There’s more than one way to eat a stinkbug. There are many, in fact, as I learned by cursorily Googling “jumiles,” the iodine-rich insects I mentioned in my story about Cremeria La Ordeña, the southwest side Mexican corner store with a interesting selection of rare ingredients, more than a few from the southwestern state of Guerrero. That’s the home of Atizies taxcoensis, which is more than just an culinary oddity with its own holiday.* They can be bought in markets all over the state, and are—or were, at least—an important source of iodine in the diets of the people who live there.

Actually, most of the recipes you come across are salsas in which the bugs are crushed up in a molcajete along with tomatoes and chiles. Some recipes say to avoid other things like onions, garlic, and cilantro, because you don’t want to obscure the flavor of the insects. I didn’t expect there was much chance of that. When I told La Ordeña owner Nicolas Aguado of my plans to make salsa de jumiles his face twisted into the reflexive grimace of a man who never forgot nor forgave his first stinkbug.

“Really?” he asked. “OK, well, you only need a few. They are strong.” He scooped out 20 pinky-nail-sized brown jumiles from the bucket in the freezer and sent me on my way. I was a little disappointed that they didn’t come back to life when thawed—vigorous stinkbugs seem to be the way to go—and I detected none of the cinnamon-like aroma that probably convinced people they were a good thing to eat in the first place. So I decided to toast my bugs in a skillet before grinding them in the hope they’d extrude a little more character. They didn’t. I sampled one. It was crunchy, and had a mild, lingering bitterness, but certainly wasn’t the most objectionable invertebrate I’ve ever eaten.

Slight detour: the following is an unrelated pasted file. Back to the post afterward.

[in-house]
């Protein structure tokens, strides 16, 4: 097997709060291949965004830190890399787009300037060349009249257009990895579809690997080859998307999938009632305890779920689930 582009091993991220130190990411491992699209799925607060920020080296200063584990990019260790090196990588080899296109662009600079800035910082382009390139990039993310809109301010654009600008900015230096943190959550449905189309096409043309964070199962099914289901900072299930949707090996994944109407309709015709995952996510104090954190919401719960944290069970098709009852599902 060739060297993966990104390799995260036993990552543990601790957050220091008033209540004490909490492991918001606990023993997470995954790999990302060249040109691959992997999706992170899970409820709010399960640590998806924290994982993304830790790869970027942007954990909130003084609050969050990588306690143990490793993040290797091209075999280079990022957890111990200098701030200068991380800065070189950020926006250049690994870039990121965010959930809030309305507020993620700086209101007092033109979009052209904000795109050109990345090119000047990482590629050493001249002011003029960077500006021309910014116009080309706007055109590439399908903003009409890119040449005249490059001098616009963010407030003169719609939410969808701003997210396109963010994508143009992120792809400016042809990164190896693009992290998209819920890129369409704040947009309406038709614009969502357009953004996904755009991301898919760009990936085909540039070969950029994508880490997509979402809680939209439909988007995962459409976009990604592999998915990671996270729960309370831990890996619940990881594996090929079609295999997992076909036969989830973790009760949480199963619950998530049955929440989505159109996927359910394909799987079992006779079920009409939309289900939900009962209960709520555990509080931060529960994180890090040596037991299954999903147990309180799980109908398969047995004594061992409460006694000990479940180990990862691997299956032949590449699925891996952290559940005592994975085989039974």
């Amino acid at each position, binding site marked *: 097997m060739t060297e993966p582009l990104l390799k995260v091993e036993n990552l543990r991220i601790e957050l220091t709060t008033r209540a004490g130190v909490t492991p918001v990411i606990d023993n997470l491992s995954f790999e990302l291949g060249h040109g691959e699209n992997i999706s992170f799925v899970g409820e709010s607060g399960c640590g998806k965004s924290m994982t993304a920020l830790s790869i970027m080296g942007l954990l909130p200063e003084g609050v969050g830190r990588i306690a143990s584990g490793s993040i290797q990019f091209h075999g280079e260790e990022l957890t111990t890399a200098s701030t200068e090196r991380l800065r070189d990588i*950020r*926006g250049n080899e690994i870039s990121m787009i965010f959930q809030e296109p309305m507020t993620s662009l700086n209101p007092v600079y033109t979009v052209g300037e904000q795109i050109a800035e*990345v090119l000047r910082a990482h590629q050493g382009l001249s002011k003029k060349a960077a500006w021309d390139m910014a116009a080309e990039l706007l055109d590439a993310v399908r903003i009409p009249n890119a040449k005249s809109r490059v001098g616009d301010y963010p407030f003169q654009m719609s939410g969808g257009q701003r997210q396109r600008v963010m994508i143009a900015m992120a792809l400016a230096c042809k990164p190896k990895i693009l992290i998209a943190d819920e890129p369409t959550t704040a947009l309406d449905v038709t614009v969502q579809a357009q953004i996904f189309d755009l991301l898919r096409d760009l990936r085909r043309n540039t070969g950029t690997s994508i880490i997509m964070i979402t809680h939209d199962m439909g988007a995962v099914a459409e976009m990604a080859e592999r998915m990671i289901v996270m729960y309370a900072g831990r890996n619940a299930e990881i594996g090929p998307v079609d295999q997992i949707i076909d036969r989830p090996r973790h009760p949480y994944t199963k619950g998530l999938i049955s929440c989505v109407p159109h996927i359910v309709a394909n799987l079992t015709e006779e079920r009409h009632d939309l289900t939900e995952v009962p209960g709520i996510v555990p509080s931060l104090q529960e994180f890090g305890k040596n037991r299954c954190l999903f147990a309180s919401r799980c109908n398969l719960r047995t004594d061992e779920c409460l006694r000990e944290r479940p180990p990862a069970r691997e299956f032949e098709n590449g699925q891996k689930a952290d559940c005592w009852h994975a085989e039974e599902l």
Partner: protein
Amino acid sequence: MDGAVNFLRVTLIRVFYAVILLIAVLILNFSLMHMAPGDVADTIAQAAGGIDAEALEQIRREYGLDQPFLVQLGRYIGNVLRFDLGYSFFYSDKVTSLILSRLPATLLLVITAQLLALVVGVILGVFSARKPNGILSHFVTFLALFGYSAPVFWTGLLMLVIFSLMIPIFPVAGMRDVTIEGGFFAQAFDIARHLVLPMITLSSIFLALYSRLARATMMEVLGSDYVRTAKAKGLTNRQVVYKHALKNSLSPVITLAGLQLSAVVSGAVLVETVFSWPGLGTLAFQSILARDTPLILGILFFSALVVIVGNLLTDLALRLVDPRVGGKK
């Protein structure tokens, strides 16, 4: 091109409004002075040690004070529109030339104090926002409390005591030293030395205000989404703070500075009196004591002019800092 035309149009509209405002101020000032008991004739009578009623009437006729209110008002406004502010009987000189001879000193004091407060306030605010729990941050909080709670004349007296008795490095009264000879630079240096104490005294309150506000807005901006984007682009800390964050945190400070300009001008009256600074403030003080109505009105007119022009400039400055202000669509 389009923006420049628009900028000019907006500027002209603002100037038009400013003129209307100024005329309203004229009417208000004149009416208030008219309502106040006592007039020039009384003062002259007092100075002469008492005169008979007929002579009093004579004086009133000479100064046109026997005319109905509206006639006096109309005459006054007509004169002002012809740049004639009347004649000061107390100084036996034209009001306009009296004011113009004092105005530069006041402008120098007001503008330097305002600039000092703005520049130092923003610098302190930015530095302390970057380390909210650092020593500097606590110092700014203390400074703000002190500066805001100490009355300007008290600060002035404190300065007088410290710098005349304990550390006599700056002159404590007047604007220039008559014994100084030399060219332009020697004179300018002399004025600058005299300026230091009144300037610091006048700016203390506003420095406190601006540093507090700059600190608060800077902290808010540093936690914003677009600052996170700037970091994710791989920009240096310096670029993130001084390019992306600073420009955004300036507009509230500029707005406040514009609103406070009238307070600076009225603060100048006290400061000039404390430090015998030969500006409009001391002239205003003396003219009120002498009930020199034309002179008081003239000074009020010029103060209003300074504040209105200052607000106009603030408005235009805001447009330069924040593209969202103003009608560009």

After that I just incorporated them into a basic salsa recipe with roasted tomatoes, garlic, jalapeño, a little salt, and cilantro, and ate them on white corn tortillas with La Ordeña’s proprietary brand of Guerrerense queso xincho (You just slice that up and warm it in a skillet, where it softens, but doesn’t melt).

The salsa was fine, but tasted nothing of the bugs. You might catch a stray appendage in your teeth, but if no one told you you were eating them you’d be none the wiser. I think next time (a next time being strictly theoretical) I’ll add more jumiles.

Salsa de jumiles
20 stinkbugs (or more)
4 small tomatoes
2 cloves garlic
1 jalapeño
A few tablespoons chopped cilantro
Salt to taste
Roast the tomatoes, garlic, and jalapeño in a hot oven or a skillet until they’re charred and softened. While they cool, toast the jumiles briefly in the skillet and then pound them in a mortar. Peel the garlic and add it and the chili and pound into a paste. Add the tomatoes and crush them until you have a chunky consistently, swimming with insect parts. Stir in the cilantro and salt to taste.

*On the Monday after the Day of the Dead folks in Taxco clamber up Cerro de Huixteco, to hunt for the bugs.